Workers make ambulance at the manufacturing base of the Brilliance Auto company in Shenyang, northeast China's Liaoning Province, Feb. 3, 2020. (Xinhua/Pan Yulong)
From halting Ant Group's IPO to announcing penalties for deliberate debt defaults by some companies, China has taken a firm attitude in preventing financial risks after irregularities emerged amid the country's recovery from the COVID-19 pandemic.
Economists applauded such cautious management, saying that it is in line with the government's focus on financial stability, and the precautions will nip systemic financial risks in the bud.
At a recent meeting of the State Council Financial Stability and Development Committee, officials said that the regulators will "severely punish" debt evasion, while having "zero tolerance" for financial violations such as the malicious transfer of assets, false information disclosure and misappropriation of the proceeds from stock and bond issues.
The meeting was held weeks after the authorities published draft regulations for online small-loan businesses in what some media called the "strictest regulation in history". Unless they have special approval, online lenders can only operate within a provincial region instead of on a national level.
An increase in bond debt evasion has also raised the alert among Chinese economists, as they said the trend might trigger financial risks on a larger scale, though debt default is not too serious a problem yet in China compared with average international default levels.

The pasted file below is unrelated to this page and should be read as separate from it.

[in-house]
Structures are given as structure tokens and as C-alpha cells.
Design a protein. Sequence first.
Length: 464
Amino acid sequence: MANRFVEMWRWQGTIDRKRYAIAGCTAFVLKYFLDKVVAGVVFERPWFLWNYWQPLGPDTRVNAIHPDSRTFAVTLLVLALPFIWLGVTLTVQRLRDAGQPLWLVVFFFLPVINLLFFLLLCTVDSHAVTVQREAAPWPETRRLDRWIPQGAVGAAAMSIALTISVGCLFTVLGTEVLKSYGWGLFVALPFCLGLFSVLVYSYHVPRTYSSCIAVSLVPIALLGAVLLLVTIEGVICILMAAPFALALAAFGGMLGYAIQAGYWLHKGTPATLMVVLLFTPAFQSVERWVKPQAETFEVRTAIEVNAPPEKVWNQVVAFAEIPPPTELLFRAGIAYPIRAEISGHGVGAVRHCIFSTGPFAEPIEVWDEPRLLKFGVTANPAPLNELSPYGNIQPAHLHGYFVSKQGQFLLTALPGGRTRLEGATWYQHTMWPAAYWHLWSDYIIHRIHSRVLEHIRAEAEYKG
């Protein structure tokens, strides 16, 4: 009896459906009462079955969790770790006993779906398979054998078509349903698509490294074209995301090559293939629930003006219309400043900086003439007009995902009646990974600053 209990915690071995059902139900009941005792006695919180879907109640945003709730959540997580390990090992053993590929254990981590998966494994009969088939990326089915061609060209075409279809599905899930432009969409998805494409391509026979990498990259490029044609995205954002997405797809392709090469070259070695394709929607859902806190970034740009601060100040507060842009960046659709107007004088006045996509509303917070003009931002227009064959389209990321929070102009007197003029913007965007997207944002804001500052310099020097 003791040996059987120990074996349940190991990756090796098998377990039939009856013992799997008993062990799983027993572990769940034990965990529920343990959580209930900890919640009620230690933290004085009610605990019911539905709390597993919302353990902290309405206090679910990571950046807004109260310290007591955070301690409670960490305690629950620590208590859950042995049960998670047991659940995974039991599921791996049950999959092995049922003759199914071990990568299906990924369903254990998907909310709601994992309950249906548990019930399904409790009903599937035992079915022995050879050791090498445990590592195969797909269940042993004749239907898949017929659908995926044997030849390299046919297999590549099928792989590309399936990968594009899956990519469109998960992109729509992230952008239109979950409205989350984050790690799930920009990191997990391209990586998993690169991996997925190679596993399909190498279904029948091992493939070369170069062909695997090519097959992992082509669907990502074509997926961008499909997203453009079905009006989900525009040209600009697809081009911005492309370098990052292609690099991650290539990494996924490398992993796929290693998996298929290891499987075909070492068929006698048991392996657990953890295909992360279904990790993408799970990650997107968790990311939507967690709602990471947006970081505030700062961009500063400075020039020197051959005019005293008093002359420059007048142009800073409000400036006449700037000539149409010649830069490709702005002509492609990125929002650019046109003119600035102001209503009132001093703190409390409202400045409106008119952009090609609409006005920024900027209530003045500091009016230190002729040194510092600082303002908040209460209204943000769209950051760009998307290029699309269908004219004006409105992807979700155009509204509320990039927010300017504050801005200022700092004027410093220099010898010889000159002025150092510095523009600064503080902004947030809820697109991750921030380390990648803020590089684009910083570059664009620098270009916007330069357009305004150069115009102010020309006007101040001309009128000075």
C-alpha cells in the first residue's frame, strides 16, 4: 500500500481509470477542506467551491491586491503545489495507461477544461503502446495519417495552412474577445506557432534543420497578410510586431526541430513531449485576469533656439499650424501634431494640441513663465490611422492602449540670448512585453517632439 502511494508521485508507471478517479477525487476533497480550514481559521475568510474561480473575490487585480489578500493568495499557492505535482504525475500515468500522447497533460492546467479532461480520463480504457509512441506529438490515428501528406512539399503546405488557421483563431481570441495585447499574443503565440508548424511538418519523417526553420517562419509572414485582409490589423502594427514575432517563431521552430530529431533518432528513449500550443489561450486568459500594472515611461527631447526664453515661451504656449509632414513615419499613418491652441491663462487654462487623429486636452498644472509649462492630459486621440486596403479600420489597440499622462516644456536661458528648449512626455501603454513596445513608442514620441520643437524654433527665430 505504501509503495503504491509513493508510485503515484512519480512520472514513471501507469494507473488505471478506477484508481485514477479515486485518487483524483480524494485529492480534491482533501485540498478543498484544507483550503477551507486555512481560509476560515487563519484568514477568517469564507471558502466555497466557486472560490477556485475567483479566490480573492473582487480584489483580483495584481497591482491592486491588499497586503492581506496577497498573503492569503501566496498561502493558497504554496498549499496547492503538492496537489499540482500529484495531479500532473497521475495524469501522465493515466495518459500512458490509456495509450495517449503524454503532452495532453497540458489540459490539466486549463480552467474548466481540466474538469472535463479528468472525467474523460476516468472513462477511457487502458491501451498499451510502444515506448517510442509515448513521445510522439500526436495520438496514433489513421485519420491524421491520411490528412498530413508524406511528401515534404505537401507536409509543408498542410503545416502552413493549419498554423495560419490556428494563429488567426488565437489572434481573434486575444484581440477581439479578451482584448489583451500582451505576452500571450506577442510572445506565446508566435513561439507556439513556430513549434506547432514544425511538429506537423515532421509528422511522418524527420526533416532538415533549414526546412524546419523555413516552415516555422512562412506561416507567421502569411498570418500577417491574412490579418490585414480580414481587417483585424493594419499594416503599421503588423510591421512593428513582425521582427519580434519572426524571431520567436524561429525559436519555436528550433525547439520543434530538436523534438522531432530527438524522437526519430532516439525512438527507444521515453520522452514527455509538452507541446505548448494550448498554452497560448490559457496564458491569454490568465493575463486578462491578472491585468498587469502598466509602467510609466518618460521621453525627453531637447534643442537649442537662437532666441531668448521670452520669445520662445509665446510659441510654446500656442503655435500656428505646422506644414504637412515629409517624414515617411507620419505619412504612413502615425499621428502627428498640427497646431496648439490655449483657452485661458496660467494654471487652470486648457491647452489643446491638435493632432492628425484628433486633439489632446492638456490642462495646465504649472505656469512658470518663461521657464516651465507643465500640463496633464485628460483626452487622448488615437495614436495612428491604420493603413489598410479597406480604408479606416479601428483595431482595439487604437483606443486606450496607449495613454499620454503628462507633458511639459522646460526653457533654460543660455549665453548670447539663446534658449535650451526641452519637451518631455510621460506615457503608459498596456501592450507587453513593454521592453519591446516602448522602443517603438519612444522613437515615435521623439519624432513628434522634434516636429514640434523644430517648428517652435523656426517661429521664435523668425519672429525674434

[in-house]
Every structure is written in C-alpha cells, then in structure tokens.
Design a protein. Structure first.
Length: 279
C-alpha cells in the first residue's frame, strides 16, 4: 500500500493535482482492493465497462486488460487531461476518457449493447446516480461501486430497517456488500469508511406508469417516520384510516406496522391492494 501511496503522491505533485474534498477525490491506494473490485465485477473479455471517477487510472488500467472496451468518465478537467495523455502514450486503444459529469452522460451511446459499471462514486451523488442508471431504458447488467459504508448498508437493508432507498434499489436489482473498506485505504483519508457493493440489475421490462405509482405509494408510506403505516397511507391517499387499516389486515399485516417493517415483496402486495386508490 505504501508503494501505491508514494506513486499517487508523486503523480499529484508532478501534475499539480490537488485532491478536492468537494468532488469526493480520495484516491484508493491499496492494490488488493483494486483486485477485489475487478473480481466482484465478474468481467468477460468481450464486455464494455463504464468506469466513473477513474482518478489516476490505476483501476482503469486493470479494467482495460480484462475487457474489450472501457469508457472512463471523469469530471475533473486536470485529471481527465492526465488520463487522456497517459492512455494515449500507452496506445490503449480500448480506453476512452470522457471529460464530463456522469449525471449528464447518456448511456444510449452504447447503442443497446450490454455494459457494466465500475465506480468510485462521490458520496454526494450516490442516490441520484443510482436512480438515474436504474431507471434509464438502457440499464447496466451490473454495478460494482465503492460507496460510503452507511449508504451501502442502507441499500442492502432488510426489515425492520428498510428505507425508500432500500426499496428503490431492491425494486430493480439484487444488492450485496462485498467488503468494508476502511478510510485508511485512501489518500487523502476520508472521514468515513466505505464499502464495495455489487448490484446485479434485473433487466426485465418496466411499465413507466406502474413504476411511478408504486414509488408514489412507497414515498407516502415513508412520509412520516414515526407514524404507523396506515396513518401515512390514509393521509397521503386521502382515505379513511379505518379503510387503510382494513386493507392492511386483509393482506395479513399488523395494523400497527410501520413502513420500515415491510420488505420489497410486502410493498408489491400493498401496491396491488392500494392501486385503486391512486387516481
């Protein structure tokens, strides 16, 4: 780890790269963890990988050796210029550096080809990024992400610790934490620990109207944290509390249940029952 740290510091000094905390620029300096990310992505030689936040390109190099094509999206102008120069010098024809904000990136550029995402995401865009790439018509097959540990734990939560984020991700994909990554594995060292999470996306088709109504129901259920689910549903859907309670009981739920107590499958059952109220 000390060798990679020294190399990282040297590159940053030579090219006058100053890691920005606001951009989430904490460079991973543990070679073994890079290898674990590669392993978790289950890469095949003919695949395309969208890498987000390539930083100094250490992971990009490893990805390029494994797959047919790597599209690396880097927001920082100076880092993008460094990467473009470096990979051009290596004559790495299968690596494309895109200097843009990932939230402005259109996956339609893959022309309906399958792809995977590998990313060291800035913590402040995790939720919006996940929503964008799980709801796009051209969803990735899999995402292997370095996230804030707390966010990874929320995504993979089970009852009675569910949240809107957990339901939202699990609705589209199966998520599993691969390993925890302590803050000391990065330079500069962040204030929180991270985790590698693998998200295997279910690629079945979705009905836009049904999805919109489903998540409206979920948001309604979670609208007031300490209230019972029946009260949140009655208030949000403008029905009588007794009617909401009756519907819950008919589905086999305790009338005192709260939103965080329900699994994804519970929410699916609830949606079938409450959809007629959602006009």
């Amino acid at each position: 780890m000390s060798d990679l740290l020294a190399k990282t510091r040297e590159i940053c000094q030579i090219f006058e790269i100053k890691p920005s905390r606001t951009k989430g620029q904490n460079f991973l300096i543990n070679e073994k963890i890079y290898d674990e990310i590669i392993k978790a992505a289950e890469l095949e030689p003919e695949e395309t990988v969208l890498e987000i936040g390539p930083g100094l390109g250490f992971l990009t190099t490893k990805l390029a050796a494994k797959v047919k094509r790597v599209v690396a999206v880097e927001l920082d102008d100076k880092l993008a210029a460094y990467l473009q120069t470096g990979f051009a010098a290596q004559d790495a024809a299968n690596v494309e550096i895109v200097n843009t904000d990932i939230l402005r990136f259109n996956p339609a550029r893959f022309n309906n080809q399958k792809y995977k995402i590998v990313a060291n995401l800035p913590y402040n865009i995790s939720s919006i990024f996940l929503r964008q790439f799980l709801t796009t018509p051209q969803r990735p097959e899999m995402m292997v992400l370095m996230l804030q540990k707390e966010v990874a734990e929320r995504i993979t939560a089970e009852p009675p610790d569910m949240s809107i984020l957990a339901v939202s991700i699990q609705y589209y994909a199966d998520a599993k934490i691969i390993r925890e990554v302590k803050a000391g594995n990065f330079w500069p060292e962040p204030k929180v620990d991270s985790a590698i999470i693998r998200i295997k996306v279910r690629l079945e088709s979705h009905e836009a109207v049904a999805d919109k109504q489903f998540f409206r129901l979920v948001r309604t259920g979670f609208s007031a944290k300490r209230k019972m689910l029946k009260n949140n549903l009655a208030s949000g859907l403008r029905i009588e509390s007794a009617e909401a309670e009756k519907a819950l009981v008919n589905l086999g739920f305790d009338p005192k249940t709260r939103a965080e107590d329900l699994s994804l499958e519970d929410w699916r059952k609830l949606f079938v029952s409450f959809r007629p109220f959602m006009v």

"Bond defaults are not unacceptable in themselves, but deliberate debt evasion is a challenge to the law, and would, if not cracked down on, harm the market's financing capabilities by destroying trust," Ding Meng, an economist at the Bank of China, told the Global Times on Monday.
Recent defaults involving several state-owned companies, including a coal manufacturer in Central China's Henan Province and automobile giant Brilliance Auto, have jolted market and rattled investors, leading to a bond market sell-off.
Li Fengwen, a consultant at a sub-bureau of the China Banking and Insurance Regulatory Commission, also pointed to bad loans as an area where risks might emerge.
"Many banks postponed loan payment deadlines for enterprises that had problems as a result of the COVID-19 epidemic, but I think the risks were only postponed, not eliminated," Li told the Global Times, saying that the risks of non-performing loans should emerge next year.
Apart from weaknesses in specific financial fields, economists mentioned general deficiencies that might give rise to financial hazards. Ding, for example, cautioned that future global financial markets movement might negatively affect China domestic markets and cannot be ignored.
"Potential risks might come from beyond the border, as the second round of economic lockdowns and a lack of strong government stimulus might cause foreign financial markets to tumble, and the influence might spill over into China's financial sector including its stocks, bonds and the foreign exchange market," Ding said.
Zhang Hailiang, managing director of J&K; Investment, said that the biggest risk in China's financial market is that some companies would take undue advantage of legal loopholes. From shadow banking to peer-to-peer lending, such speculation could generate risks even worse than the pandemic, he told the Global Times.
He stressed that the government should execute management policies more thoroughly so that violations involving any amount would be penalized.
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